Growing up, I drew, doodled, painted and sewed just for the sake of creating. It was an everyday necessity and super fun. One of my favorite stories came out years later from my dad. He said that when I was around 4 years old, I started painting birds. Usually kids painted birds that looked like the letter “M” soaring through the sky. But I drew a “W” flying around. I thought it looked the same and couldn’t tell any difference. There were flocks of flying Ws all over my art. My dad definitely noticed my birds were “different” but said he didn’t have the heart to correct me. Today I am so grateful he let me be myself. He didn’t impose a right or wrong way; he just saw a happy kid drawing and painting. This is a valuable lesson that I honor to this day. With any creative endeavor, I find it is vital to be myself and not be influenced by the abundance of already-existent interpretations. I try to find acceptance and happiness within my own vision. Even on “off” days when I’m not thrilled with my work, I try to remember this is part of the journey. I always embrace the ability to see through my own eyes and create art from the heart.
My first art award was in kindergarten. I was awarded a watercolor set from my teacher. My next award came many years later when I was a creative director for a children’s product company in New York. My responsibilities included developing multiple product lines from concept to production for mass- and mid-tier retailers. One year, my team and I won Disney’s Infant Division “Product of the Year” award. This was an exciting moment for all of us. The award came days before the birth of my first child. I was so grateful for this achievement, knowing that soon my world would be changing to take on the role of motherhood.
After two kids and several moves across the country, my creative journey continues. Some days I find it amazing and gratifying; other days it can be quite challenging. But I wouldn’t want it any other way. It is a joy to be able to wake up to a creative life.
“I strive to find a way of expressing art that is uniquely my own.”
— Shannon Newlin
My path to being a professional artist was not a straight one. I majored in advertising with a minor in studio art. I did not have an art portfolio upon graduation. My only goal at the time was to support myself and live in New York City. So, I moved there with $200 in my pocket and my dream. I soon landed my first full-time job with an advertising agency; however, it was not a creative position. I took it upon myself to buy books on computer art programs and taught myself during my free time. I then changed jobs to work a swing shift (4 p.m. to midnight), so that I could attend a portfolio development class from Parsons during the day and continue developing my graphic design skills. Eventually I felt ready to interview for a design position. I landed one with a small firm that enabled me to learn all aspects of design, production and animation. I worked hard for many hours, but I loved learning all aspects of the business. A few years later, my husband and I moved to Los Angeles so he could attend business school. I needed to find a job quickly to support us. I signed up with a temp agency, which had an opening for a production artist at Disney. I was really hoping to find another creative position, but I needed a job. Besides, who says no to Disney? It ended up being one of the best decisions I’ve ever made.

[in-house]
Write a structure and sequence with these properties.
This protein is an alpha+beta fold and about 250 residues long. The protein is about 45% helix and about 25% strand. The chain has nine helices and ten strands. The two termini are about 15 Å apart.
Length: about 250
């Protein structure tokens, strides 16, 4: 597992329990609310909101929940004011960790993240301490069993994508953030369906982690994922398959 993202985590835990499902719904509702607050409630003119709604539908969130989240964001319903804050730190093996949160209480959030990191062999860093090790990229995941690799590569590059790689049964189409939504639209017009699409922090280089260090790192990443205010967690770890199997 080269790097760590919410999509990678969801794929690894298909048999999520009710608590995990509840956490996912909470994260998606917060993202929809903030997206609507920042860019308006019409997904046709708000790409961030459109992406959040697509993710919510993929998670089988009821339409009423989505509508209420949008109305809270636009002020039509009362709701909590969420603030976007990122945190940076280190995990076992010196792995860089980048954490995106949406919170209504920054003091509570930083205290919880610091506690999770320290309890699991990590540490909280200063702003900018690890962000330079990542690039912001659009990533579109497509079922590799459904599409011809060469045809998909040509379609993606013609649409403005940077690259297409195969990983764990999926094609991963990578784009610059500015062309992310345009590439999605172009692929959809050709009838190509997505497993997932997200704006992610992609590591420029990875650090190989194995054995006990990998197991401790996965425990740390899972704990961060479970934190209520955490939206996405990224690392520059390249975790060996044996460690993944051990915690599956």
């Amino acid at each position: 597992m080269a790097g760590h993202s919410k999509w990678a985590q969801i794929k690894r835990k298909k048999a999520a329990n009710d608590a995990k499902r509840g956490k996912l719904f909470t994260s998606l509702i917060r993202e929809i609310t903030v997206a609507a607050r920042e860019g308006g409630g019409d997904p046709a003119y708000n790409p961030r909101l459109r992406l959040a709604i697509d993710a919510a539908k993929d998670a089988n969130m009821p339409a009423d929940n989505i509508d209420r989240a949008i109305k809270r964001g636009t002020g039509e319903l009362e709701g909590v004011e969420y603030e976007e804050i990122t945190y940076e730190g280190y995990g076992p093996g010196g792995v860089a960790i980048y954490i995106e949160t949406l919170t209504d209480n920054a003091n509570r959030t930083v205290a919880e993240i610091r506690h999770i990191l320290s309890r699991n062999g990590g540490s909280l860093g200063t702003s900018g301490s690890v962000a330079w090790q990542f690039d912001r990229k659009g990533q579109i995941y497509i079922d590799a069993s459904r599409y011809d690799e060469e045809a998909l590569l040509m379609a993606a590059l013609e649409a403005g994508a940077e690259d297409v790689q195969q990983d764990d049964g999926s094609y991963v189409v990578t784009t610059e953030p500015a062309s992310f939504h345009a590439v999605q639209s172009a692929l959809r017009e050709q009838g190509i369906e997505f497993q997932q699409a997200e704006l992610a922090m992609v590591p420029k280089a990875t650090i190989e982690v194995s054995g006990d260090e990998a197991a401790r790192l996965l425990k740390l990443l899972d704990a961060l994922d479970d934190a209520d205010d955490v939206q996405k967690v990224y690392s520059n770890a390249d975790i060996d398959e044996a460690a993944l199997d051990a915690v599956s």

“Make it work.”
— Tim Gunn
Today I own my own art business, Shannon Newlin LLC. I license and sell my artwork to various wonderful companies and clients. Watercolor is my go-to medium, but I also love incorporating other elements such as collage, pen-and-ink, acrylic and oil paints. I work out of my home studio, which enables me to multi-task as a mom. I have a work station in my studio dedicated to my kids so they can create alongside me when they are home from school. This environment supports great family time, plus their honest feedback is priceless. By having a home-based business, I quickly came to realize I had to set realistic goals. I would need to choose projects wisely that would enable me to maximize my time and make income while still maintaining a good balance between family and work.
One of my most recent collaborations has been with FreeSpirit Fabrics. I have always loved fabrics, fashion and craft. My work over the past few years organically progressed to painting floral patterns. I have developed quite a collection of this type of work. Through the encouragement of many of my customers at local art and craft shows, I knew this should be my next step. Now, seeing my artwork transposed onto beautifully made fabrics is very exciting. An added benefit is that it goes into the hands of another creative person who creates quilts, garments and accessories. It is wonderful to see what transpires between a fabric designer and sewist.
I look forward to seeing where my business will go in the future. I love creative challenges. They always inspire me and push me forward. If something becomes a “trend” in either art or product, I am ready to move on. I like when things are fresh and unique; that is what motivates me. I feel very blessed to have the opportunity to have a voice in the creative community, along with support from a village of friends and family that have helped me get here.
P.S. I LOVE THIS!
One of my favorite items in my studio is a small cup and saucer made in Denmark by Nymolle Art Faience Hoyrup. I found it at a barn sale in Missouri with my mother-in-law. I was immediately drawn to the beautiful illustration of a quaint seaside village. When I look at these pieces, I feel inspired by a place I have never seen.